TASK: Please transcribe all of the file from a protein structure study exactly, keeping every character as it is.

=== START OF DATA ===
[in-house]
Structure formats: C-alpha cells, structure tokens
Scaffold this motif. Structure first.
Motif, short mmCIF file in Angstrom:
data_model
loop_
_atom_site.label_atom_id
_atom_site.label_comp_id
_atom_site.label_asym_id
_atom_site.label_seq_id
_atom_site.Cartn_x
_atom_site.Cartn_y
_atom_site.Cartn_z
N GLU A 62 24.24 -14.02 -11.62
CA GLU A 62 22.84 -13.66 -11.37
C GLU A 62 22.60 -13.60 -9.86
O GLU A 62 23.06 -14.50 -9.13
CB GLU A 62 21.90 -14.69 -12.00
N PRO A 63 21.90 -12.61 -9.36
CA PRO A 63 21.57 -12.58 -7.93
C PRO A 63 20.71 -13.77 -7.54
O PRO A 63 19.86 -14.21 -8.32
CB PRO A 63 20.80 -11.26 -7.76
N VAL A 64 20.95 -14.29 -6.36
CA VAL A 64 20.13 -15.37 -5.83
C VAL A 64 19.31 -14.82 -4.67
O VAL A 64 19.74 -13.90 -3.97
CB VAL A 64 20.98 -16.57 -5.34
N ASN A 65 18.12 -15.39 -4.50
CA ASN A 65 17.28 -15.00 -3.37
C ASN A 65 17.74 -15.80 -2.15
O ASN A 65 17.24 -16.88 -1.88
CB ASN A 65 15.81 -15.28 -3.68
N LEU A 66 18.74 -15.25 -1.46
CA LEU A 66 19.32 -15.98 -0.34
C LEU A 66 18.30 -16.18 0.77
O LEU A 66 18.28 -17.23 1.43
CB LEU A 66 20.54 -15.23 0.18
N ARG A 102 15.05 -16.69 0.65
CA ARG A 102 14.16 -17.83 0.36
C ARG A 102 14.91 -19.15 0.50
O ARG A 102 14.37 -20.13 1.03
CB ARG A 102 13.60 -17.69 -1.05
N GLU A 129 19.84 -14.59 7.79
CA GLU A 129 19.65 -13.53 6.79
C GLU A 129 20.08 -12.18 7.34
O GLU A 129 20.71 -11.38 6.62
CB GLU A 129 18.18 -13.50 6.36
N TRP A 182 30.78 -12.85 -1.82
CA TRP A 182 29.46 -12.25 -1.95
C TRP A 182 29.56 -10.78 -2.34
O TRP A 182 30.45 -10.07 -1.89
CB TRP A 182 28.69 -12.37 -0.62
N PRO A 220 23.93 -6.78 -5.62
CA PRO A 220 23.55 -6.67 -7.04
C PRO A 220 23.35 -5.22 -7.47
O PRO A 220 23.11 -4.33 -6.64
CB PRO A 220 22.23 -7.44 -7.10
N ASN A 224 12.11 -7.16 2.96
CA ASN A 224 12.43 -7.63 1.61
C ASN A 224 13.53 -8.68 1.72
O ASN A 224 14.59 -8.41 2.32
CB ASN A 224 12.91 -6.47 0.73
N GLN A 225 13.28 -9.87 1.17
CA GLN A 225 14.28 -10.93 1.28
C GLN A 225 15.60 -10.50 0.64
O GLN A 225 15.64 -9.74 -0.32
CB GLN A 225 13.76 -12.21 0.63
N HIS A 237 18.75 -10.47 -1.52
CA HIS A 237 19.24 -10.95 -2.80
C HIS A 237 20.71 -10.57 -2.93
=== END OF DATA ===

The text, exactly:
[in-house]
Structure formats: C-alpha cells, structure tokens
Scaffold this motif. Structure first.
Motif, short mmCIF file in Angstrom:
data_model
loop_
_atom_site.label_atom_id
_atom_site.label_comp_id
_atom_site.label_asym_id
_atom_site.label_seq_id
_atom_site.Cartn_x
_atom_site.Cartn_y
_atom_site.Cartn_z
N GLU A 62 24.24 -14.02 -11.62
CA GLU A 62 22.84 -13.66 -11.37
C GLU A 62 22.60 -13.60 -9.86
O GLU A 62 23.06 -14.50 -9.13
CB GLU A 62 21.90 -14.69 -12.00
N PRO A 63 21.90 -12.61 -9.36
CA PRO A 63 21.57 -12.58 -7.93
C PRO A 63 20.71 -13.77 -7.54
O PRO A 63 19.86 -14.21 -8.32
CB PRO A 63 20.80 -11.26 -7.76
N VAL A 64 20.95 -14.29 -6.36
CA VAL A 64 20.13 -15.37 -5.83
C VAL A 64 19.31 -14.82 -4.67
O VAL A 64 19.74 -13.90 -3.97
CB VAL A 64 20.98 -16.57 -5.34
N ASN A 65 18.12 -15.39 -4.50
CA ASN A 65 17.28 -15.00 -3.37
C ASN A 65 17.74 -15.80 -2.15
O ASN A 65 17.24 -16.88 -1.88
CB ASN A 65 15.81 -15.28 -3.68
N LEU A 66 18.74 -15.25 -1.46
CA LEU A 66 19.32 -15.98 -0.34
C LEU A 66 18.30 -16.18 0.77
O LEU A 66 18.28 -17.23 1.43
CB LEU A 66 20.54 -15.23 0.18
N ARG A 102 15.05 -16.69 0.65
CA ARG A 102 14.16 -17.83 0.36
C ARG A 102 14.91 -19.15 0.50
O ARG A 102 14.37 -20.13 1.03
CB ARG A 102 13.60 -17.69 -1.05
N GLU A 129 19.84 -14.59 7.79
CA GLU A 129 19.65 -13.53 6.79
C GLU A 129 20.08 -12.18 7.34
O GLU A 129 20.71 -11.38 6.62
CB GLU A 129 18.18 -13.50 6.36
N TRP A 182 30.78 -12.85 -1.82
CA TRP A 182 29.46 -12.25 -1.95
C TRP A 182 29.56 -10.78 -2.34
O TRP A 182 30.45 -10.07 -1.89
CB TRP A 182 28.69 -12.37 -0.62
N PRO A 220 23.93 -6.78 -5.62
CA PRO A 220 23.55 -6.67 -7.04
C PRO A 220 23.35 -5.22 -7.47
O PRO A 220 23.11 -4.33 -6.64
CB PRO A 220 22.23 -7.44 -7.10
N ASN A 224 12.11 -7.16 2.96
CA ASN A 224 12.43 -7.63 1.61
C ASN A 224 13.53 -8.68 1.72
O ASN A 224 14.59 -8.41 2.32
CB ASN A 224 12.91 -6.47 0.73
N GLN A 225 13.28 -9.87 1.17
CA GLN A 225 14.28 -10.93 1.28
C GLN A 225 15.60 -10.50 0.64
O GLN A 225 15.64 -9.74 -0.32
CB GLN A 225 13.76 -12.21 0.63
N HIS A 237 18.75 -10.47 -1.52
CA HIS A 237 19.24 -10.95 -2.80
C HIS A 237 20.71 -10.57 -2.93